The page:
Friday saw the Canadian Space Agency unveil a fleet of prototype rovers that will be the forerunners of machines that go to the Moon or Mars.
Canada’s Economic Action Plan announced in the 2009 budget provided $110 million over three years for advance robotics and space exploration technologies, of which $60 million was allocated to the Exploration Surface Mobility project. These funds were invested in a total of 33 challenging high-technology contracts to over 40 Canadian companies and a dozen universities, which have spawned a multitude of rover designs and analytical equipment.
The rovers vary in size from 30kg micro rovers designed to access areas the larger rovers cannot go to behemoth automated lunar rovers that weigh over a tonne when fully loaded with a scientific payload. There are also a variety of smaller rovers designed for exploring Mars – at 250kg they are about 40% heavier than the Spirit rover that NASA sent to Mars in 2004.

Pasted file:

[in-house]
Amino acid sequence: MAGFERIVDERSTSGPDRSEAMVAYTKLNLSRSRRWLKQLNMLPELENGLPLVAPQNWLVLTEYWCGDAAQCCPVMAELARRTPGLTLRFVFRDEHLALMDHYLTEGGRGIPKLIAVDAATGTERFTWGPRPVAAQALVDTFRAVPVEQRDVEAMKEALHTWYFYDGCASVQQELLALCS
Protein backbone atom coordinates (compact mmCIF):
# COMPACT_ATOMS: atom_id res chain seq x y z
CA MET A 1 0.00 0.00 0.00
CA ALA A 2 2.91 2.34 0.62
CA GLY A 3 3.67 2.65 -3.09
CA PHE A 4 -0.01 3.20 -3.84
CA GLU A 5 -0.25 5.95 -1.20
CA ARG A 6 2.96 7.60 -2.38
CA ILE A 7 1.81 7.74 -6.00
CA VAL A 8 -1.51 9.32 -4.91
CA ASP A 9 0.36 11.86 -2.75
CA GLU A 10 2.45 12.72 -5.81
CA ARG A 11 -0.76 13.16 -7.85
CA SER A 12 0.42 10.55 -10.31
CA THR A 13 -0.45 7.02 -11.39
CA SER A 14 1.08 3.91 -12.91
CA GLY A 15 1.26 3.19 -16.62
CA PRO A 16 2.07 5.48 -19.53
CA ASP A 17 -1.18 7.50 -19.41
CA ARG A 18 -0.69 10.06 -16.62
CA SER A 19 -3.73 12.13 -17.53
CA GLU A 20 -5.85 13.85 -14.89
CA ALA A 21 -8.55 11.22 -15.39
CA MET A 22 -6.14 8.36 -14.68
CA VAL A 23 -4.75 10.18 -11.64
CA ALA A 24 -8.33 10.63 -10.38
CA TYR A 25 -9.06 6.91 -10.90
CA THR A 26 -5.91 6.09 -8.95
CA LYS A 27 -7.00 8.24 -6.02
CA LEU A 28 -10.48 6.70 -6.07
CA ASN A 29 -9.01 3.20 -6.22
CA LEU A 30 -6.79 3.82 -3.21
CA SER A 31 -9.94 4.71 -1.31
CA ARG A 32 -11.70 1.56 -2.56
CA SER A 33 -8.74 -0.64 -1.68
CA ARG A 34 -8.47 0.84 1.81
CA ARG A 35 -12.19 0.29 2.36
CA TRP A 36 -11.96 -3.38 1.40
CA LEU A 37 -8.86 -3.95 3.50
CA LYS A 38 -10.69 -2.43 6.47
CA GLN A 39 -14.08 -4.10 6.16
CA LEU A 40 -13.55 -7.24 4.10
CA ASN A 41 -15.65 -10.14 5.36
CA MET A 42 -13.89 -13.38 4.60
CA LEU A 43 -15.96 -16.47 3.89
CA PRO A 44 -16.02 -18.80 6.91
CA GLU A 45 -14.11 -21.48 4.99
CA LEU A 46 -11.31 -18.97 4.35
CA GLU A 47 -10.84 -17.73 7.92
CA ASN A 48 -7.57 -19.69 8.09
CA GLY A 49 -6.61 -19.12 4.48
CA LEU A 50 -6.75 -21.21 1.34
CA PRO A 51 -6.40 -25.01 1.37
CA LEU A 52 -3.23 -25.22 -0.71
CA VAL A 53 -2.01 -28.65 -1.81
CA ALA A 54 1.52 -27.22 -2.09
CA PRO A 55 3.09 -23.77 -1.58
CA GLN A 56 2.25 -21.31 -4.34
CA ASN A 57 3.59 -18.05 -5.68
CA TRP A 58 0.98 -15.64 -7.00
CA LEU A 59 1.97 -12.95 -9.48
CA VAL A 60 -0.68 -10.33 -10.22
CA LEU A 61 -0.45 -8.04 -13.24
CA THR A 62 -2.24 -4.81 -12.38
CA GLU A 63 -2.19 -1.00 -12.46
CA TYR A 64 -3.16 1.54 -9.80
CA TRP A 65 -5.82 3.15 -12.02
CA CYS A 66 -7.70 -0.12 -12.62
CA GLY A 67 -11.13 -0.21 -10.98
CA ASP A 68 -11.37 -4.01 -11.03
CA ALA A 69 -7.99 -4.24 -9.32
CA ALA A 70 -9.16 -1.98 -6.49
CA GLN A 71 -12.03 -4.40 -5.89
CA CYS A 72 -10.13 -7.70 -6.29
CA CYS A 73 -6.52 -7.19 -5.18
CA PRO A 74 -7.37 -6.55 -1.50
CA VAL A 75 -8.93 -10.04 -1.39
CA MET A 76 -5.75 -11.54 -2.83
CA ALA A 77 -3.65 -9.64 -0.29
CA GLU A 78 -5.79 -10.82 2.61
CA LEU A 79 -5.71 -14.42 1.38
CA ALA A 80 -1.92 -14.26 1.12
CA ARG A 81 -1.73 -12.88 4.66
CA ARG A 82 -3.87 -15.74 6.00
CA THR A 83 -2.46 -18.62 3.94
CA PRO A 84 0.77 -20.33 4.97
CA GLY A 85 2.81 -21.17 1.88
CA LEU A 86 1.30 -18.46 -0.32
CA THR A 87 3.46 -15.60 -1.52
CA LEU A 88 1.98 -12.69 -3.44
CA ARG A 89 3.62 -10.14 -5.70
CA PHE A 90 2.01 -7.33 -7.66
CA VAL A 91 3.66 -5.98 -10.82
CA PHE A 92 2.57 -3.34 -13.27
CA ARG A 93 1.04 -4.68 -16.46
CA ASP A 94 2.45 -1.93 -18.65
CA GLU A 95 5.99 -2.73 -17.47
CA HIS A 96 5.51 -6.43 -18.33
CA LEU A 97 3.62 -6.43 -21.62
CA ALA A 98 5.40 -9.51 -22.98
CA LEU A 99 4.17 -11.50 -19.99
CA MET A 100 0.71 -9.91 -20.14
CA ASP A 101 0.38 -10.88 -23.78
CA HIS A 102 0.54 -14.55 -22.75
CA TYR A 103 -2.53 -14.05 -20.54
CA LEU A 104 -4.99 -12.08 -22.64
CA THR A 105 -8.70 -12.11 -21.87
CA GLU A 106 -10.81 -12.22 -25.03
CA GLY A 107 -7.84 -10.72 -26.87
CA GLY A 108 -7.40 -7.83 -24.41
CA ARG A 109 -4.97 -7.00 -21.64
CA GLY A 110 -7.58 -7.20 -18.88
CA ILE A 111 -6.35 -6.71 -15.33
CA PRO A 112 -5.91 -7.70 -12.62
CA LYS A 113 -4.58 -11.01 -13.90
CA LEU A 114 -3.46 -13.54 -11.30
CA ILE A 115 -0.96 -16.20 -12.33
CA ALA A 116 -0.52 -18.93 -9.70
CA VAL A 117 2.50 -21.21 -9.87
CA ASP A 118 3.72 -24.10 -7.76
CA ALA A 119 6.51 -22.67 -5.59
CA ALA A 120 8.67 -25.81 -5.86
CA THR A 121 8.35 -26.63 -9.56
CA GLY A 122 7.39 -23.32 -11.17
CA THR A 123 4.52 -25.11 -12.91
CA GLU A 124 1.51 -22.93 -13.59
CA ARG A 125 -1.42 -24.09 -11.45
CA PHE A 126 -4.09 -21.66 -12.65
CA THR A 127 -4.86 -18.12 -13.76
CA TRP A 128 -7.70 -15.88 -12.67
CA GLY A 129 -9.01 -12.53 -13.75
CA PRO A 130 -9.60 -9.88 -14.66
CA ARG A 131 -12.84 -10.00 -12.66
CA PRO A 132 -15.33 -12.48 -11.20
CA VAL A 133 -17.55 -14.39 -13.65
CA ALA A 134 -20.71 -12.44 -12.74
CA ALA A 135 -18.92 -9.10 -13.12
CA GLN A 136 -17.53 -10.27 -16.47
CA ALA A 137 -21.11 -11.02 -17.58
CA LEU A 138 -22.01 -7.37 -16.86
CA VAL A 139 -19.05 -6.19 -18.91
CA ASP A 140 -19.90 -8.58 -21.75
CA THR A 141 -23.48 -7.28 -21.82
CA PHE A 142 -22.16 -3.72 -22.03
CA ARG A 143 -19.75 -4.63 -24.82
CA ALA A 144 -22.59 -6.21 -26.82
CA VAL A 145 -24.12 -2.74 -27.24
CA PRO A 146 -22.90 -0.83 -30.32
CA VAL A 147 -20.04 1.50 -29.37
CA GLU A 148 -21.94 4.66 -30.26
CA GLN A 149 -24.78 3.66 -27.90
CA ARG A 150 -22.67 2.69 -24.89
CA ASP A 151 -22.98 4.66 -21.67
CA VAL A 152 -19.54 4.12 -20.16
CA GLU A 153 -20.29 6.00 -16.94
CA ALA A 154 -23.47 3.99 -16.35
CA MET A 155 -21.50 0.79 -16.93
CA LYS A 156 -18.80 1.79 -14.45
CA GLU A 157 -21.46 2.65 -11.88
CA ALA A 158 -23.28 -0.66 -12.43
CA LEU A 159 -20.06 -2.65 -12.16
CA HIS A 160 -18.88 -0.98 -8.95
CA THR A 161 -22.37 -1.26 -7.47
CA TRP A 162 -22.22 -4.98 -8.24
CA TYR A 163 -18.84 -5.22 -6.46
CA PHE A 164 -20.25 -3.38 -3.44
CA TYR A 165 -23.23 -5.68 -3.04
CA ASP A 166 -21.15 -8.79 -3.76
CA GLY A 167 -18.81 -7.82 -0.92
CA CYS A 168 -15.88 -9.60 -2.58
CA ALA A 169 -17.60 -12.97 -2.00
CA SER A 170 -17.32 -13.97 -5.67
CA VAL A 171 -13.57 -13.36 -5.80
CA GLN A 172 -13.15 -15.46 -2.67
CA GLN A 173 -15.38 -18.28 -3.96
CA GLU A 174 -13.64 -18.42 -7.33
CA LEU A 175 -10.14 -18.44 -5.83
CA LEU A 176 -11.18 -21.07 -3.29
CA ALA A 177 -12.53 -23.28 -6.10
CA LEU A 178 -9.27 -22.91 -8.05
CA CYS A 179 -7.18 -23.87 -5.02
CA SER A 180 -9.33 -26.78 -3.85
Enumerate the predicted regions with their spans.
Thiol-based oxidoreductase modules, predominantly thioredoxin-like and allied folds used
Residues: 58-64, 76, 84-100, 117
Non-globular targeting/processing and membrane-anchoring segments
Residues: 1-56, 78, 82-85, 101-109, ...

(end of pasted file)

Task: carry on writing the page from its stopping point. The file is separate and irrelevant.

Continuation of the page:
Other equipment generated by the funding include some standardised computing modules that are already in use on NASA vehicles, fuel cells, equipment simulators, microscopes and drilling systems.
This article summarised from releases from the Canadian Space Agency here.